Truckers’ depression could lead to accident: research

Truck drivers’ untreated mental health problems can threaten their lives, according to new research.

A survey of more than 1,300 truckers operating in NSW, conducted by the University of Queensland, has found that six per cent of drivers are suffering depression.

“It has been shown in Australia that depression has increased the odds ratio for a car crash,” Michael Hilton of the Queensland Centre for Mental Health Research told AAP.

The research showed only nine per cent of the drivers with mental health issues were seeking treatment, with the industry’s male-dominant culture being one of the major obstacles to improving truckers’ mental health.

“Males generally access treatment much less than females and males have less mental health literacy,” Dr Hilton said.

“We have a very stereotypical macho group, we need to train and educate these males.”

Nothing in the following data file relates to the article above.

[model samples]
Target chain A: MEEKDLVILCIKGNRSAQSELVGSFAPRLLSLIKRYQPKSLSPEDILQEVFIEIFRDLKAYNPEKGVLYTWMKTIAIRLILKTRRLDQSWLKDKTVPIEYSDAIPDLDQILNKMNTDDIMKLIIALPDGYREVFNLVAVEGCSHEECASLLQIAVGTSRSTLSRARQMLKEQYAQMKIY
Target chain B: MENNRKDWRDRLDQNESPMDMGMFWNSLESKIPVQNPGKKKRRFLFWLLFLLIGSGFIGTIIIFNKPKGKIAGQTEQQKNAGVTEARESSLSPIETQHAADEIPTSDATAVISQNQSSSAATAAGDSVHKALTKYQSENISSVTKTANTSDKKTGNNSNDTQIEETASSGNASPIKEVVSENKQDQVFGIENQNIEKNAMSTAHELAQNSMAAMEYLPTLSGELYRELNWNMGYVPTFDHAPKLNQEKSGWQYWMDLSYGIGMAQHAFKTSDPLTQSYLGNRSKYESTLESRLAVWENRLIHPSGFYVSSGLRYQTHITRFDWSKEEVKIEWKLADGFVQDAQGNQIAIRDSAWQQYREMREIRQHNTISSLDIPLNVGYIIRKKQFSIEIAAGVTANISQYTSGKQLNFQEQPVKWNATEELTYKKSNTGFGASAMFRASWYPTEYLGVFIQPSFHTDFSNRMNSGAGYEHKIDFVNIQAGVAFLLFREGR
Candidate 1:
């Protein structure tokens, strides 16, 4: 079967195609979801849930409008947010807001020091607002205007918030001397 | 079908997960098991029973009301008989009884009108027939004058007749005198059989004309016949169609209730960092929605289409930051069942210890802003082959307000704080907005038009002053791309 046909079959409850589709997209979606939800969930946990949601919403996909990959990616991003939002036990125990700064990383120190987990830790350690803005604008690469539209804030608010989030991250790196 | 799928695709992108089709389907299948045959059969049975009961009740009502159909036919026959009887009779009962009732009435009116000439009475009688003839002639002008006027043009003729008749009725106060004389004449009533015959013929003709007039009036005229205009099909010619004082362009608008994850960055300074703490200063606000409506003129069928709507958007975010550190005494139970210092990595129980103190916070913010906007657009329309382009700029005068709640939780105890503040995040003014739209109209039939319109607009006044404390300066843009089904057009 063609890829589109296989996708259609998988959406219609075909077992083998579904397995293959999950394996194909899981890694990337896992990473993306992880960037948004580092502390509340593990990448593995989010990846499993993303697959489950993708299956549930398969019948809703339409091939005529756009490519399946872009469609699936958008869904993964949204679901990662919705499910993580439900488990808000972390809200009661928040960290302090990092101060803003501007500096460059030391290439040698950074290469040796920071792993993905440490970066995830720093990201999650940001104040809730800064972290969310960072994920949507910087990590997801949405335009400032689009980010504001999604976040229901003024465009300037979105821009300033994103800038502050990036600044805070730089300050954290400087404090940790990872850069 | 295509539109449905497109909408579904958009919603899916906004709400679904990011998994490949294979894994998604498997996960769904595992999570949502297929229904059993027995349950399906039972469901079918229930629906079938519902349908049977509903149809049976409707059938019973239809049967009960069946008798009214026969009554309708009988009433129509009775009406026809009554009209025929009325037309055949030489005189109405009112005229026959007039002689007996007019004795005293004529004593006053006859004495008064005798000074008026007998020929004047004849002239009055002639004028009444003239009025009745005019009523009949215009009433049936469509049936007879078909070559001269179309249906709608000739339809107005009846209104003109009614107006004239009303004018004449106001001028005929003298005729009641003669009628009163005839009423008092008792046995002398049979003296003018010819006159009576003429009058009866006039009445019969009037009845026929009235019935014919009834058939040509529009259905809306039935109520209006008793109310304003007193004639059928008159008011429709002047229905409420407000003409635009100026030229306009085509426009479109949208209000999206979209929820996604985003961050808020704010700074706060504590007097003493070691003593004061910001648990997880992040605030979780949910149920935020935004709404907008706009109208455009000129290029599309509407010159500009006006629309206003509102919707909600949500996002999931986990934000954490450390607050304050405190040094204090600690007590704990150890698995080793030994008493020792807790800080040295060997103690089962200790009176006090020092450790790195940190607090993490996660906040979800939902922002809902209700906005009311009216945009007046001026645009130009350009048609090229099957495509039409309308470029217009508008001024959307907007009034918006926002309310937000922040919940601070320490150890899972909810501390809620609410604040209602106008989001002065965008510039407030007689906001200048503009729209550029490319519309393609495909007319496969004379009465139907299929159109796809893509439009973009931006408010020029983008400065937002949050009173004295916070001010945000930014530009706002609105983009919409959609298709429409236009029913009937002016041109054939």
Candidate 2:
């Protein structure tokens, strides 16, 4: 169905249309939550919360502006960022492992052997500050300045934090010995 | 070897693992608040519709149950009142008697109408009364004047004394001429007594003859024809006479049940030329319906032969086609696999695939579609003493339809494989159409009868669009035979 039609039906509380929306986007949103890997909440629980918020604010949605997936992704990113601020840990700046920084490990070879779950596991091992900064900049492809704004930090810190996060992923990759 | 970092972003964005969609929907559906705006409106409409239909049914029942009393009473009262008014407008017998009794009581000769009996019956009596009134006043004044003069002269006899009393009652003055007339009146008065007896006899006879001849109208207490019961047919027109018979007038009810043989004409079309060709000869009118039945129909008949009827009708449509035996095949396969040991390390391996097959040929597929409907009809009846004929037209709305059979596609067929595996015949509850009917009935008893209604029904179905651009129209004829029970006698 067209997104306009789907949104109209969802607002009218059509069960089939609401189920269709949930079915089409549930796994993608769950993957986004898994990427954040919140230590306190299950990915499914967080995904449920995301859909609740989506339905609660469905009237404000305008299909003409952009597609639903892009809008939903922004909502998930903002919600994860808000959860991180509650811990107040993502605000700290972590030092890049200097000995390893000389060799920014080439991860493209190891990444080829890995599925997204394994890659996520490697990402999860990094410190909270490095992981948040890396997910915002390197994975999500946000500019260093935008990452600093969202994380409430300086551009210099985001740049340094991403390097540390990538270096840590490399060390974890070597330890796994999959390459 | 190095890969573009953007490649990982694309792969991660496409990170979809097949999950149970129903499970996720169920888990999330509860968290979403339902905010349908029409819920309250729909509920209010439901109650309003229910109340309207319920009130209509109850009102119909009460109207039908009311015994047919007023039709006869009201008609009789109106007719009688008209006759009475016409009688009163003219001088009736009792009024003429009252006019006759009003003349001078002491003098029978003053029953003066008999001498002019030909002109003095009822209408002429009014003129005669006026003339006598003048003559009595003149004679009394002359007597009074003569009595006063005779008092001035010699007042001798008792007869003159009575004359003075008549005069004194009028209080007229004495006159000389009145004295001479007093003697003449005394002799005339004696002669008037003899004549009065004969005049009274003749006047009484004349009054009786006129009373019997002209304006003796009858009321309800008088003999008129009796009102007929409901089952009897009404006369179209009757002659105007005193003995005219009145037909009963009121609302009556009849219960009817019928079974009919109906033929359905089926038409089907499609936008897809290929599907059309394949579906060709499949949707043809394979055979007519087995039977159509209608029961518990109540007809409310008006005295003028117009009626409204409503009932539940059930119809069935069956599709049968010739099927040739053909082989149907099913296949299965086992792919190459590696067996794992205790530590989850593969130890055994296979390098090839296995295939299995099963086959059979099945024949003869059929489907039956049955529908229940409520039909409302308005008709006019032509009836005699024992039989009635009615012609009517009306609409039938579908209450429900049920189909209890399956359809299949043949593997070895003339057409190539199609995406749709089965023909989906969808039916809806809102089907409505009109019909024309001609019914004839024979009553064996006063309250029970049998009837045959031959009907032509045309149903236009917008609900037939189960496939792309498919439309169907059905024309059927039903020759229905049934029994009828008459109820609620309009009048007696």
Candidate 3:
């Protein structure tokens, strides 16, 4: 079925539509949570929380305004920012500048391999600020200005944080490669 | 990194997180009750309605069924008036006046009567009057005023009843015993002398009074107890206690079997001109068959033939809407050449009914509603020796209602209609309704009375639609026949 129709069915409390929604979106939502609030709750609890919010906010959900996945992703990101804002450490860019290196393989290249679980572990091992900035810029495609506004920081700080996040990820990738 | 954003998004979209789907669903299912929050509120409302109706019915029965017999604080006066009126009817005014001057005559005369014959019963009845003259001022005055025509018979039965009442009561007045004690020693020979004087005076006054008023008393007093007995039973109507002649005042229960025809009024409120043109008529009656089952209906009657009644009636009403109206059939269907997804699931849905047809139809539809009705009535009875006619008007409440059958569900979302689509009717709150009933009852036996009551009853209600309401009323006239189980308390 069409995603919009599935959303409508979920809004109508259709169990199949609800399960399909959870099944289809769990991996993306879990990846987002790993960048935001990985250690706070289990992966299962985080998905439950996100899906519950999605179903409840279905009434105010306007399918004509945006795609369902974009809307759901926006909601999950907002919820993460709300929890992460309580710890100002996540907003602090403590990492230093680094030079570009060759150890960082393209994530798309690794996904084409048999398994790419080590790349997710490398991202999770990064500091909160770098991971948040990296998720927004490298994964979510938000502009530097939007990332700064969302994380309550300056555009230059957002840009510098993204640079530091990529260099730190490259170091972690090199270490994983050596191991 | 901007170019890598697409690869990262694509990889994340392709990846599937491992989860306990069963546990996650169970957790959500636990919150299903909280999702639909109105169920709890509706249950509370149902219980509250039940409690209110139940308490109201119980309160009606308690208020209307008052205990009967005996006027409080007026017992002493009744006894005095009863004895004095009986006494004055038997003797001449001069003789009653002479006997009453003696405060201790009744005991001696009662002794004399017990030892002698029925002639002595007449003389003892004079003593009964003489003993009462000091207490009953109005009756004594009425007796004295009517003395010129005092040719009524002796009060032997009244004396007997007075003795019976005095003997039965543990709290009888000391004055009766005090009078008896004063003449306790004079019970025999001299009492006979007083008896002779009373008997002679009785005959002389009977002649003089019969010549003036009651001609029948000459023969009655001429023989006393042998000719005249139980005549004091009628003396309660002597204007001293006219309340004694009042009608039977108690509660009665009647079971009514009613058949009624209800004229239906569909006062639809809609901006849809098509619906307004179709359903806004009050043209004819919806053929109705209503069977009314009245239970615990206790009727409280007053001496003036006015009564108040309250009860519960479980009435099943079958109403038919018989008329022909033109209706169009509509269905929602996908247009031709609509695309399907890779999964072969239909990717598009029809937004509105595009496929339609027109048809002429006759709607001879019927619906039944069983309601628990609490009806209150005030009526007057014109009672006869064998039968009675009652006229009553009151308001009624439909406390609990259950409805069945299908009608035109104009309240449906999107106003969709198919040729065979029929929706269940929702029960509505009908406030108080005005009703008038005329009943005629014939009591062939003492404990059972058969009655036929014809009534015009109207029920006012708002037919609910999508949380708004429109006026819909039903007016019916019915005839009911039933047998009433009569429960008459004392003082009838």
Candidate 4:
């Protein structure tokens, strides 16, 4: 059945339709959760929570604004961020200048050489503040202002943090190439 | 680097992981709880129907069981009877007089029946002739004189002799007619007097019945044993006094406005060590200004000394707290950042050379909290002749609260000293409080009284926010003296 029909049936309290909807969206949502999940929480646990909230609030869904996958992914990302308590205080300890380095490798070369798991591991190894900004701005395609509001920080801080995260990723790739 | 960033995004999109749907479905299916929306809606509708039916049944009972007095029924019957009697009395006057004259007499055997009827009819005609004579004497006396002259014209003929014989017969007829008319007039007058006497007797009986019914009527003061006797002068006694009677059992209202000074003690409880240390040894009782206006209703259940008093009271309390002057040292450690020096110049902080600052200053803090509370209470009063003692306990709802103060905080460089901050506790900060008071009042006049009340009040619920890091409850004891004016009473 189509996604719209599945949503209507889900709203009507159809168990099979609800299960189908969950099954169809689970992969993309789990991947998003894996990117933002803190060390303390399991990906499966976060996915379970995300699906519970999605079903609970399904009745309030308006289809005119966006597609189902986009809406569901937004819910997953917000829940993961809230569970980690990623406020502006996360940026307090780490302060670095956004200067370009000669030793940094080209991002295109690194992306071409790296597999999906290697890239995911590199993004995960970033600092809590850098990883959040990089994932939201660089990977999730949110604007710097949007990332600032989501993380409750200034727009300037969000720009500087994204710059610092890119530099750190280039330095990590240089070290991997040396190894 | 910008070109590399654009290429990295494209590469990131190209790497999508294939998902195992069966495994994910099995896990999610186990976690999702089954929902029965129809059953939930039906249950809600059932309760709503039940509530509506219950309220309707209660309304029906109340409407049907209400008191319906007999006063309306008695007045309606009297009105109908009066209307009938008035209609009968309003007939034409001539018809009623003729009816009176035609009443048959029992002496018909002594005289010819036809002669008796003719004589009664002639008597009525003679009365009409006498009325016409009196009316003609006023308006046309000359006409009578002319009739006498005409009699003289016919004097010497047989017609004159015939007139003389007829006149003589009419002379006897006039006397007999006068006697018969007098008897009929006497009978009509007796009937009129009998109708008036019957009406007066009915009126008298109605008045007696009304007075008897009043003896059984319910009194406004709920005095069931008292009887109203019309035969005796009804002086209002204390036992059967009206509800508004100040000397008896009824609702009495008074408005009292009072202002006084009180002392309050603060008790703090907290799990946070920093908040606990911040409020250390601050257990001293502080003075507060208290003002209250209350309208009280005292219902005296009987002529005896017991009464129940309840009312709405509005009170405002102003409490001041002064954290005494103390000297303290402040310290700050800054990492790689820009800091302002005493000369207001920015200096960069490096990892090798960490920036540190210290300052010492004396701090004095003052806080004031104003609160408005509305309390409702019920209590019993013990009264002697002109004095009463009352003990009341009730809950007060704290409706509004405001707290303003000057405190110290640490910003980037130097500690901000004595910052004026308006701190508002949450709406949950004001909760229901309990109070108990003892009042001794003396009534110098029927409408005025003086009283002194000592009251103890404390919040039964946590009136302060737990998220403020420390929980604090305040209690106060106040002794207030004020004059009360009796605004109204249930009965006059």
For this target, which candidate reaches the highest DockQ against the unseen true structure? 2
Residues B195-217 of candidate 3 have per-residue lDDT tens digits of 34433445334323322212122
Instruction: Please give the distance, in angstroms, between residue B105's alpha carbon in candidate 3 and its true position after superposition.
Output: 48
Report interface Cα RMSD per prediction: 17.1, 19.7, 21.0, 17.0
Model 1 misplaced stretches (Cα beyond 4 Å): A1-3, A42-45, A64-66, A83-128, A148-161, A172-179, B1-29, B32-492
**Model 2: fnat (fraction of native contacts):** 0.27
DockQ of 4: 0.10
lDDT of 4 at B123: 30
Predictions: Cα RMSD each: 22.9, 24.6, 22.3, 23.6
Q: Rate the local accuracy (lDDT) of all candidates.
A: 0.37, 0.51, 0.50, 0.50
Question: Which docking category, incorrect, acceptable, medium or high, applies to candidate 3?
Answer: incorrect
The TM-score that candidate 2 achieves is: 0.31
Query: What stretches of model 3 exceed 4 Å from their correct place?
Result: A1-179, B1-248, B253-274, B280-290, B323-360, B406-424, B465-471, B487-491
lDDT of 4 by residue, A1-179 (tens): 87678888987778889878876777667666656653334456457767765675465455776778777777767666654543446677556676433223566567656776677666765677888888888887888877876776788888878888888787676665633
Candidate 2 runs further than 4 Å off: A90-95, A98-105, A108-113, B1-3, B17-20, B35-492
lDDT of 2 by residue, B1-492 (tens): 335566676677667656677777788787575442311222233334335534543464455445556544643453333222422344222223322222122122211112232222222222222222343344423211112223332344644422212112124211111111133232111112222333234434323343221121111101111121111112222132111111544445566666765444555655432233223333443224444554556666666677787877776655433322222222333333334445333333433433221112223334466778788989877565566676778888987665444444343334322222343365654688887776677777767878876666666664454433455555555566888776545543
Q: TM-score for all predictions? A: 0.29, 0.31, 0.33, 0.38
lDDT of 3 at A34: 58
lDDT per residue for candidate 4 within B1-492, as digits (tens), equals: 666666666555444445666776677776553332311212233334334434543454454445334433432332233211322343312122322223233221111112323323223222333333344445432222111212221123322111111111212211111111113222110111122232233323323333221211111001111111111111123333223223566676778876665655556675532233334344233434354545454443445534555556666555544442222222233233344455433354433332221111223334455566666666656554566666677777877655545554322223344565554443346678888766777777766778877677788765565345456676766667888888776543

However, Dr Hilton argued more research should be done before applying the results to other transport operators.

“We need to know whether this is just in truck drivers or whether this is occurring in other aspects of the transport industry such as taxi drivers, bus drivers and train drivers,” he said.

Fatigue expert from the University of NSW Ann Williamson told AAP that while establishing the linkage between mental health and crashes would require more caution due to the “self-reporting” nature of the research, the relationship is worth looking into.

“One thing that isn’t surprising is that truck drivers are less likely to seek help for health or mental health problems,” she said.

“It’s expected that all they do is work and rest and when you work long hours driving long distances, making appointments to see a GP or counsellor is much more difficult.”

MREC HERE

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